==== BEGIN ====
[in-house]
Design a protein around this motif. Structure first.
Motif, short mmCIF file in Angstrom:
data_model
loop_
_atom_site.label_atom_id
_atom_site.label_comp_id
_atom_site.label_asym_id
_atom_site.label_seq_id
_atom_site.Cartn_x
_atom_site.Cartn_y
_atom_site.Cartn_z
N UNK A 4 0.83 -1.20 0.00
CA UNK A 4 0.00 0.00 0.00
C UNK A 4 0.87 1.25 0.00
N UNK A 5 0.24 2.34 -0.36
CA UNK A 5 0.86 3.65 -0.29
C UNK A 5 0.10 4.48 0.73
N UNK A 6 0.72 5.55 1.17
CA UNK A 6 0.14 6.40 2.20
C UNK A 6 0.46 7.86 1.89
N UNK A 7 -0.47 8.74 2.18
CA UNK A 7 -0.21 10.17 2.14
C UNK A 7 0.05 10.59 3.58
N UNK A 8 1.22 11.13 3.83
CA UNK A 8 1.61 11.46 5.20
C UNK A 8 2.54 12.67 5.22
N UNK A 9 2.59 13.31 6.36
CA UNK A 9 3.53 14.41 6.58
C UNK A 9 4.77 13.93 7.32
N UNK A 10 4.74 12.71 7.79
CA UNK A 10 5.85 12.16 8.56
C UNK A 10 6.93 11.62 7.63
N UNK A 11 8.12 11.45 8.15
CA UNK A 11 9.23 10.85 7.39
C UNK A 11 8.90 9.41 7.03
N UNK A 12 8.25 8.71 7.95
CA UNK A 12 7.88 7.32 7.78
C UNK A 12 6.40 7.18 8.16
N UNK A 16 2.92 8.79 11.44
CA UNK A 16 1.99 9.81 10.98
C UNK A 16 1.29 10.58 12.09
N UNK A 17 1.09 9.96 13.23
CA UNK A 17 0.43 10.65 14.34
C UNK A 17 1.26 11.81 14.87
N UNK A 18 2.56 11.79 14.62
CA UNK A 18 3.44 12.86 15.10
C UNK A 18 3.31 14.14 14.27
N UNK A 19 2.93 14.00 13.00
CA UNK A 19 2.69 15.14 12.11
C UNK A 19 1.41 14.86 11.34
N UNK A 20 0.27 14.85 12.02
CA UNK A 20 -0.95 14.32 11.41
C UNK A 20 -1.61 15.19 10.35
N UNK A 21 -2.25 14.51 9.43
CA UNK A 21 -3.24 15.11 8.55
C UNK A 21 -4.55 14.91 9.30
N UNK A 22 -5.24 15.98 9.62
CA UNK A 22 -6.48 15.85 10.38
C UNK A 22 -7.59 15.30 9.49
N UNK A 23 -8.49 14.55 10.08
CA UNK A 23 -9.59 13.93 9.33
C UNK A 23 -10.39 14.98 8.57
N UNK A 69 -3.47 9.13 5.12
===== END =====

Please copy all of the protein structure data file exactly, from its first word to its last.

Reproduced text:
[in-house]
Design a protein around this motif. Structure first.
Motif, short mmCIF file in Angstrom:
data_model
loop_
_atom_site.label_atom_id
_atom_site.label_comp_id
_atom_site.label_asym_id
_atom_site.label_seq_id
_atom_site.Cartn_x
_atom_site.Cartn_y
_atom_site.Cartn_z
N UNK A 4 0.83 -1.20 0.00
CA UNK A 4 0.00 0.00 0.00
C UNK A 4 0.87 1.25 0.00
N UNK A 5 0.24 2.34 -0.36
CA UNK A 5 0.86 3.65 -0.29
C UNK A 5 0.10 4.48 0.73
N UNK A 6 0.72 5.55 1.17
CA UNK A 6 0.14 6.40 2.20
C UNK A 6 0.46 7.86 1.89
N UNK A 7 -0.47 8.74 2.18
CA UNK A 7 -0.21 10.17 2.14
C UNK A 7 0.05 10.59 3.58
N UNK A 8 1.22 11.13 3.83
CA UNK A 8 1.61 11.46 5.20
C UNK A 8 2.54 12.67 5.22
N UNK A 9 2.59 13.31 6.36
CA UNK A 9 3.53 14.41 6.58
C UNK A 9 4.77 13.93 7.32
N UNK A 10 4.74 12.71 7.79
CA UNK A 10 5.85 12.16 8.56
C UNK A 10 6.93 11.62 7.63
N UNK A 11 8.12 11.45 8.15
CA UNK A 11 9.23 10.85 7.39
C UNK A 11 8.90 9.41 7.03
N UNK A 12 8.25 8.71 7.95
CA UNK A 12 7.88 7.32 7.78
C UNK A 12 6.40 7.18 8.16
N UNK A 16 2.92 8.79 11.44
CA UNK A 16 1.99 9.81 10.98
C UNK A 16 1.29 10.58 12.09
N UNK A 17 1.09 9.96 13.23
CA UNK A 17 0.43 10.65 14.34
C UNK A 17 1.26 11.81 14.87
N UNK A 18 2.56 11.79 14.62
CA UNK A 18 3.44 12.86 15.10
C UNK A 18 3.31 14.14 14.27
N UNK A 19 2.93 14.00 13.00
CA UNK A 19 2.69 15.14 12.11
C UNK A 19 1.41 14.86 11.34
N UNK A 20 0.27 14.85 12.02
CA UNK A 20 -0.95 14.32 11.41
C UNK A 20 -1.61 15.19 10.35
N UNK A 21 -2.25 14.51 9.43
CA UNK A 21 -3.24 15.11 8.55
C UNK A 21 -4.55 14.91 9.30
N UNK A 22 -5.24 15.98 9.62
CA UNK A 22 -6.48 15.85 10.38
C UNK A 22 -7.59 15.30 9.49
N UNK A 23 -8.49 14.55 10.08
CA UNK A 23 -9.59 13.93 9.33
C UNK A 23 -10.39 14.98 8.57
N UNK A 69 -3.47 9.13 5.12